I haven’t been able to verify the identity of the author of this letter who signed his name “D. March.” From the content of the letter we learn that he was a teacher at the Chester Academy in Chester, Vermont. References to Millbury, however, suggest that he was from the Millbury, Massachusetts. Indeed, there were families by the name of March from Millbury. I’m going to conjecture that his name was David March and that he was born between 1810 and 1820.
March wrote the letter to Rawson Vaile (1812-1889), the son of Jonathan Vaile (1776-1863) and Polly Rawson (1778-1857). Rawson prepared at Millbury and Amherst Academies.; Amherst College, 1834-36, 1837-39. Taught Chester (Vt.) Acad., 1836-37; private school Richmond, Ind., 1840-42; prin. Wayne Co. Sem., Centreville, Ind., 1842-48; studied law, 1840-44; admitted to Indiana bar, 1844; pub. and ed. a Free Soil newspaper, Centreville, Ind., 1848-52; ed. Ind. Free Democrat, Indianapolis, Ind., 1852-54; Ind. State Journal, 1854-56; practised law Kokomo, Ind., 1857-88. D. Kokomo, Ind., D. 30, 1888.
March tells Vaile that specie in coin was scarce due to the policy of the Jackson Administration that required investors purchasing federal land to buy in gold or silver coins.
Addressed to Mr. Rawson Vaile, Esq., Winhall, Vermont
May 19, 1837
Your note of the 16th I received last evening. Happy indeed too, I assure you, to hear from so good a friend. On the letter too, directed to the “Preceptor of Chester Academy” Ahem! on besides post paid the last. I liked the least though, and to be revenged on you for that, I shall have the terrible impudence to pay the postage on this.
But in regard to my going to Albany, I expect to make a “flunk” on it. Mr. Garvin found considerable difficulty in the way of hiring a team as was proposed when you was here, or found that there were teams to start for Albany Monday which would carry him and his family cheaper than he could get conveyance by or other means. So therefore, he has engaged a Mr. Clarke (I think) to carry him or his household over to the capitol of the Empire State on Monday. So far calculations are made but unless “little Matty” recalls the “Specie Circular” before that time, it will be next to impossible for him to start with anything better than the pitiful “say money” which is scarce enough and not ______ enough. I have tried every opportunity for a few days past to get a dollar bill changed and have not succeeded yet. Not a store in the village can raise that amount of specie. Mr. Garvin has bills on all of the banks in the variety and can not get a half dollar of specie on any of the bills. You know all worth about 50 percent in New York.
So with such bills to pay here with (as they are all that can be had) they must have some good shall of _____ as folly to start on a journey of 1600 miles. However, for all this, they calculate still upon starting and probably they will. They will be at Winshall, if they start Monday, at the time proposed and will call for you if they do not see you before at the Temperance House in Albany. Miss Townsend is here — come from Cavendish yesterday with Mr. & Mrs. Garvin & I. Goe___. All prepared to start on Monday. Mr. Garvin saw Miss Gilson A. Cavendish. She engaged to come at the price proposed or assist me in the school this coming term and will probably stay through the Fall Term so that you will see her name with mine — ahem! — blazoned forth in capitals at the head of the next advertisement for Chester Academy.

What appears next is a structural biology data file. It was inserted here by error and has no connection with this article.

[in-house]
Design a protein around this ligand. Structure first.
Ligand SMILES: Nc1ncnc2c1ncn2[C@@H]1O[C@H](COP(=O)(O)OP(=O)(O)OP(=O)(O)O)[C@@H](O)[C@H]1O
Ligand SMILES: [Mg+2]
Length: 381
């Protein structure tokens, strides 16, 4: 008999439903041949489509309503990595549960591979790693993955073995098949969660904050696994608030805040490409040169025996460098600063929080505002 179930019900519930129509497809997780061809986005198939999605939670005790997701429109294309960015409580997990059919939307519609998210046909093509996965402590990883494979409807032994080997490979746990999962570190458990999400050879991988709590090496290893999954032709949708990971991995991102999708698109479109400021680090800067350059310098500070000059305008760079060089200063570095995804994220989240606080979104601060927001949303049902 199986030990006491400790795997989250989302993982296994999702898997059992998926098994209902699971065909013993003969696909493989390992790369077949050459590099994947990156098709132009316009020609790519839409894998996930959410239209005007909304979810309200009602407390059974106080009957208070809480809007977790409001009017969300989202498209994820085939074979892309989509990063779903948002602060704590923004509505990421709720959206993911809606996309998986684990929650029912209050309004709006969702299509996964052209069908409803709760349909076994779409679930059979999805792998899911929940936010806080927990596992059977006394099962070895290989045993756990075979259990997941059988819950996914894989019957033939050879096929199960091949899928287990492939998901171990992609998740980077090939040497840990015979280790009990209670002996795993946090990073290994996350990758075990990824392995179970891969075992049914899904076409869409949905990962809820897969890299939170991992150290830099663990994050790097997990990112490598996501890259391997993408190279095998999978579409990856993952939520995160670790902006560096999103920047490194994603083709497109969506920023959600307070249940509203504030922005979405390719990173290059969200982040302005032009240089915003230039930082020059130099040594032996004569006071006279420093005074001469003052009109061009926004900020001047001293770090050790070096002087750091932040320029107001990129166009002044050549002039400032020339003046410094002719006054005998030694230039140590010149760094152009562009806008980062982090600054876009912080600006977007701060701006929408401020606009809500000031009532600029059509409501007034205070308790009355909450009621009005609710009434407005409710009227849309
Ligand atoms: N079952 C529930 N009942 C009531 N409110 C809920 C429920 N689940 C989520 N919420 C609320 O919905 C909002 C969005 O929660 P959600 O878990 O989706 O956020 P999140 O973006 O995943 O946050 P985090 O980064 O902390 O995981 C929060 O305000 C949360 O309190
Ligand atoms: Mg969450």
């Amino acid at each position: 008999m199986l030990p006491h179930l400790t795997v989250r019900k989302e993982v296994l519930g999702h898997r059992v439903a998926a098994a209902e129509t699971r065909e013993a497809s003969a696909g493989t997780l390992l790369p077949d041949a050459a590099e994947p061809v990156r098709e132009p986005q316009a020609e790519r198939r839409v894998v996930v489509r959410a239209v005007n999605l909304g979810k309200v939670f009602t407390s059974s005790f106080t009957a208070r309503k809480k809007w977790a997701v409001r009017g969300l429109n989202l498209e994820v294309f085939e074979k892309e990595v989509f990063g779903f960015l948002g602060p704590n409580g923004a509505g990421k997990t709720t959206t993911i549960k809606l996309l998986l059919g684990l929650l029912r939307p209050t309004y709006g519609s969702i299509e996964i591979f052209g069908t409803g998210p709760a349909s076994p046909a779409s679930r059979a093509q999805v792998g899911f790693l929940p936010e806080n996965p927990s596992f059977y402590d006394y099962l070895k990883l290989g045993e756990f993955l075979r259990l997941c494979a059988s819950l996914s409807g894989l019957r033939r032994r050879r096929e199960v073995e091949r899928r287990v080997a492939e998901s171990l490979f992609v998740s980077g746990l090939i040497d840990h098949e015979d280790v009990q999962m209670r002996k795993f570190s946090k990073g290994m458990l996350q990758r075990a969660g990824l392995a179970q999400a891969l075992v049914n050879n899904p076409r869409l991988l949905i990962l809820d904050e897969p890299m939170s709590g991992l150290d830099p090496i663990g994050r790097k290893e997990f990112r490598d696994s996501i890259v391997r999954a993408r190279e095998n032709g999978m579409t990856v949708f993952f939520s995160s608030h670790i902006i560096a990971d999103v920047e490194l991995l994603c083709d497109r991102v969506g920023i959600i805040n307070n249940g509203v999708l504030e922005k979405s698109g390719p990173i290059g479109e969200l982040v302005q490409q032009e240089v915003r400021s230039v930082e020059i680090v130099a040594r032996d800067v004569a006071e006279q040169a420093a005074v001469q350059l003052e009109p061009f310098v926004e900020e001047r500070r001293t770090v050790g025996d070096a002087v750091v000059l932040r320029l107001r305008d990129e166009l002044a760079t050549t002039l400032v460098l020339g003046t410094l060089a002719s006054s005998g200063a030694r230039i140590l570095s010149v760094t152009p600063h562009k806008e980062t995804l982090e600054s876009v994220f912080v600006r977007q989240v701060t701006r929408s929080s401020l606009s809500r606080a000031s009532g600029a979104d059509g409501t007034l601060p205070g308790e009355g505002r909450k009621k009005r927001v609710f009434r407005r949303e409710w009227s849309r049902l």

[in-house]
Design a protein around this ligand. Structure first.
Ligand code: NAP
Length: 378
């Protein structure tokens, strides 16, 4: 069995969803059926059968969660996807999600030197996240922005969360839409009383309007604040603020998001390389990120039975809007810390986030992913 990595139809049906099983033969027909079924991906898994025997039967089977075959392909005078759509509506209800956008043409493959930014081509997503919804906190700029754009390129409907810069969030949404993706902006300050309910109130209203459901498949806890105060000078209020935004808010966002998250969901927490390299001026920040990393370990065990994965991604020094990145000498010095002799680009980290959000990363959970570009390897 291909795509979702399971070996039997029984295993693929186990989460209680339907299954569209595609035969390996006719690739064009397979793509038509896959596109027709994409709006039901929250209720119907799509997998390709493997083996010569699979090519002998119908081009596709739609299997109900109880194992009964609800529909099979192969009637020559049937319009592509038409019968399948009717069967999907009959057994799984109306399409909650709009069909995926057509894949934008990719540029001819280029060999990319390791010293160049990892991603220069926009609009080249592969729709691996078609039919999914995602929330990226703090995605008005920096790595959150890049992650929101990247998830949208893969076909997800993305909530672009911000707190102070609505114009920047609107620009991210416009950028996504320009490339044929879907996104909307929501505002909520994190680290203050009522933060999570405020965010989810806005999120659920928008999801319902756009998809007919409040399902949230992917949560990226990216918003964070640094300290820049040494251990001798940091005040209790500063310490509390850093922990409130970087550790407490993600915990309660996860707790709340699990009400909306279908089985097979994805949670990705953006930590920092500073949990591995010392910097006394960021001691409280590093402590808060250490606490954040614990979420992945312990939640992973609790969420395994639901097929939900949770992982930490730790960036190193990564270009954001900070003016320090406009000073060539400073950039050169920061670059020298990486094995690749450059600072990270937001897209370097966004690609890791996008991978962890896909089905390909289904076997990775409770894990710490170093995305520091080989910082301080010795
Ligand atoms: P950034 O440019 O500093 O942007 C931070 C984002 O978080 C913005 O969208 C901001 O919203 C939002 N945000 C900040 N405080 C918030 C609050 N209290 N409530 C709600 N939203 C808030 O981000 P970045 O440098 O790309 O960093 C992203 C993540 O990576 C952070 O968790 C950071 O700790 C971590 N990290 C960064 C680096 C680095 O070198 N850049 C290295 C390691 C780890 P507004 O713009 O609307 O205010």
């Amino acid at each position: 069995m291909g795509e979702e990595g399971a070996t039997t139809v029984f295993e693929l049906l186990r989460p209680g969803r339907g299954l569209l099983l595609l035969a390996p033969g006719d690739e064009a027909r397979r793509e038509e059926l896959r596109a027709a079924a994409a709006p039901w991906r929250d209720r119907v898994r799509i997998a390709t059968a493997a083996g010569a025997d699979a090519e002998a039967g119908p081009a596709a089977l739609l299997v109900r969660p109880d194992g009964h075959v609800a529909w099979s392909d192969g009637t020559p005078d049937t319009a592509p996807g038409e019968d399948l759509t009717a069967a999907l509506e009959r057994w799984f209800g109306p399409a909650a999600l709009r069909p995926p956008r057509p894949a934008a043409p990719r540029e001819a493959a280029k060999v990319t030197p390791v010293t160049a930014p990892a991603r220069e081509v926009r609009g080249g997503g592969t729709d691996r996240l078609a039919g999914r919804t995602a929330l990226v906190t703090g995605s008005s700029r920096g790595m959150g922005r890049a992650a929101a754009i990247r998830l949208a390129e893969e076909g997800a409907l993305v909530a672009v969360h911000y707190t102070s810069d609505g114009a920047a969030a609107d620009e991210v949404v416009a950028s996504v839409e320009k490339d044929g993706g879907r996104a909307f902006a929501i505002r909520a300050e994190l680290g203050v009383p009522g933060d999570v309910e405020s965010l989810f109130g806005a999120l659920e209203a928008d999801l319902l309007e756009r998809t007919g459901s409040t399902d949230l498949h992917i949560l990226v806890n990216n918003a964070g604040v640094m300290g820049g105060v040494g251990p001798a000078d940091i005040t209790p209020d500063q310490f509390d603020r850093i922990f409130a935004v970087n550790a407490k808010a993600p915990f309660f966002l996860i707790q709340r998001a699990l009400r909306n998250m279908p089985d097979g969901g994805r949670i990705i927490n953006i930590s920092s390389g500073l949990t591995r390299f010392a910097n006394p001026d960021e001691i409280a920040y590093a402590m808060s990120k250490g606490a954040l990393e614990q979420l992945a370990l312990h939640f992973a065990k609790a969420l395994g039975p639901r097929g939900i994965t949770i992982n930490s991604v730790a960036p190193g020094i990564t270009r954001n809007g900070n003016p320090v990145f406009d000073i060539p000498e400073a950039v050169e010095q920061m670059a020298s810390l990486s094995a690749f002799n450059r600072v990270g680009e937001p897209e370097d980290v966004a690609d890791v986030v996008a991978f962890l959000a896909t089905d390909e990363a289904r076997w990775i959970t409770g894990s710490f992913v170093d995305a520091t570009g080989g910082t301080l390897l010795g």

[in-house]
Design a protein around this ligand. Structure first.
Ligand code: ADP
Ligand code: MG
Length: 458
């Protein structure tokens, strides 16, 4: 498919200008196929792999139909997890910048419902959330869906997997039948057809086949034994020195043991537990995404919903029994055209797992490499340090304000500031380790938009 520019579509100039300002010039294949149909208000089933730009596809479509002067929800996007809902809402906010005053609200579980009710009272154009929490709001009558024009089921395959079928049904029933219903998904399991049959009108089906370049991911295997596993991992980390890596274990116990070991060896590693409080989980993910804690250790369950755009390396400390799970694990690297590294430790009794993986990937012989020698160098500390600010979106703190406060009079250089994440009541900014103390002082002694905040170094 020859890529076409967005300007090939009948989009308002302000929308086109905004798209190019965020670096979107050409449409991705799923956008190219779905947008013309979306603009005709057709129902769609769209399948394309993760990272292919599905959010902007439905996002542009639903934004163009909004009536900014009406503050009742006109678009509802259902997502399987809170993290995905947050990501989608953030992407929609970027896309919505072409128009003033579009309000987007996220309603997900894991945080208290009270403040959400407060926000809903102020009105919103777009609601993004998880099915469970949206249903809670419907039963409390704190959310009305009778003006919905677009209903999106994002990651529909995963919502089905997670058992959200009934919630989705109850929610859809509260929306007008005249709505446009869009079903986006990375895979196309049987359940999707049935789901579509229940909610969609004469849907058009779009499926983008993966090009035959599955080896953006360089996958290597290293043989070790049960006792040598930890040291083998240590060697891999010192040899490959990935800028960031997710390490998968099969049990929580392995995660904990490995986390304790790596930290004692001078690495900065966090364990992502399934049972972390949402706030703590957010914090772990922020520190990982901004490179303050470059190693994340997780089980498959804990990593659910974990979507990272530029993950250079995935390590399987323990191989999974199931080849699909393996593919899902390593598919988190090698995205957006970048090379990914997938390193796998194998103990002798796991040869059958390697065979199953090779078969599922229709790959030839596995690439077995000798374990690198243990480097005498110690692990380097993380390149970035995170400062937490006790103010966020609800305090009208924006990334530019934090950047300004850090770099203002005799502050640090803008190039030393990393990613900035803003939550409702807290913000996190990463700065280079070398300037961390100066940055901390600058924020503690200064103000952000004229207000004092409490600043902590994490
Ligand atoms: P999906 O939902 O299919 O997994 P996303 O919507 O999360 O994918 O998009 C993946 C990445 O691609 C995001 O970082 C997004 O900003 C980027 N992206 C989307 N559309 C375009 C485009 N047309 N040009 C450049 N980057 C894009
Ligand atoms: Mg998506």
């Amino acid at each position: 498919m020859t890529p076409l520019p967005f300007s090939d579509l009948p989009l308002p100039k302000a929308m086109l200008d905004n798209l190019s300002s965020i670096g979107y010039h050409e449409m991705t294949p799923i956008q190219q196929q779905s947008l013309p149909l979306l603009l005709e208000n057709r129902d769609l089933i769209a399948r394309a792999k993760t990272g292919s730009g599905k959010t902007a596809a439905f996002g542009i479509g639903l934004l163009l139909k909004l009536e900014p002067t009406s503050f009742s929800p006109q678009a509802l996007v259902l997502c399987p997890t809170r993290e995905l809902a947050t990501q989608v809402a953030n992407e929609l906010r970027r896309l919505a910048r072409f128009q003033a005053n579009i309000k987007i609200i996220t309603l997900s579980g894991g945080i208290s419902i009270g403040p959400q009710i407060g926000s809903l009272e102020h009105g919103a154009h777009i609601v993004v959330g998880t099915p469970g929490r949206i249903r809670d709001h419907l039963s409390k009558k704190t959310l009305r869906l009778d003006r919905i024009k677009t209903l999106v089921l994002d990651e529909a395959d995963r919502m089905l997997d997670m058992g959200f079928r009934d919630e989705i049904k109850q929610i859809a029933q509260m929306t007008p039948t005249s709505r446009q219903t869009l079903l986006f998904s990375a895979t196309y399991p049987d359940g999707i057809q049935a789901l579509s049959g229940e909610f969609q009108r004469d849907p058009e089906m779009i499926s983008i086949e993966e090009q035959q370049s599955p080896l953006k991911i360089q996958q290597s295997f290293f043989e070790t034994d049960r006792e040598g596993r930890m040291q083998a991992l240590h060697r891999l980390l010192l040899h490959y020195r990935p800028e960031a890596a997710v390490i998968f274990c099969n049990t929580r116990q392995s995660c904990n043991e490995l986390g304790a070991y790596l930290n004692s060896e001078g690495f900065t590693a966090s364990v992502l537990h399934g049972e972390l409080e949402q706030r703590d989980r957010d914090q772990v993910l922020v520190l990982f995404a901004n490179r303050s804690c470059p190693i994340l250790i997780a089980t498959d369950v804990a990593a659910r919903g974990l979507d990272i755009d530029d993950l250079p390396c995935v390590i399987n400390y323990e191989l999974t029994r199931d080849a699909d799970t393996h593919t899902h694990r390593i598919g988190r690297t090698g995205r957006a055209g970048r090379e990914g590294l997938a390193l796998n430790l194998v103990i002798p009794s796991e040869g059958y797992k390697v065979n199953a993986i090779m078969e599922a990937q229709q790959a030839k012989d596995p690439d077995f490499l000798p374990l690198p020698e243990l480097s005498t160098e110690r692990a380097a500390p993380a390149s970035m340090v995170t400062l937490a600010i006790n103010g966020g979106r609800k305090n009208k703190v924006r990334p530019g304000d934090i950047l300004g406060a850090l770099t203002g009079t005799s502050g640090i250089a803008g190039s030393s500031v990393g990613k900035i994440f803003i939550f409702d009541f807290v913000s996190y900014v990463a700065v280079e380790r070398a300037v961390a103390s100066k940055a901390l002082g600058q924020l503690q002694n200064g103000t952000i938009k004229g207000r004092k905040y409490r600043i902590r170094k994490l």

Whoever knew such a time for money? By the way, I had a letter yesterday from Millbury. They are going to have an ordination and a wedding all the same day [10 May 1837] and be upon ___ hands shall be laid on to whom a hand shall be given is a Mr. [Samuel Giles] Buckingham and the bride is Dr. [Nathaniel W.] Taylor’s daughter [Harriet] of New Haven. Esq. Bondole says that platform must be built south the meeting house so that people can look in at the windows. The would-be rum-sellers could not get a license this year in the aforesaid _____ or robes tour of Millbury and the consequence was that a “certain person or persons on the night of the Public Fort entered the enclosure of one of the peaceful citizens, Samuel L. Torrey, and two or three did cut, mutilate, or destroy two hundred and twenty-two fruit trees, ornamental, and shrubbery trees.” My letter noted that some of the ____ _____ were whistling to the tune of empty coffers in Millbury and that Old Grafton had failed absolutely.
If Old Hickory is not satisfied with his “Experient” before long, I shall take the liberty to think that his old gray-coated skull must be thicker and a thousand times harder than the nuts of his namesake tree. Aye! And ______ about us many _____ as the above named nut hue of meats. But the old hero has found already that in trying to group the Gold logs and the cotton logs at the same time, he has lost the latter on the _____ to one if he does not lose the former at this rate.
But I hardly hear what I …. you need not read the latter part of the letter though. I would like to go to Abby, but you see I cannot. I do not know whether you are acquainted with my uncle there or not. At any rate, I wish you will call on him. Give my best respects a thousand times over if you do. It is so dark I can’t see what I write. But now I think of it, you must write me the first letter from Amherst.
So good night, — D. March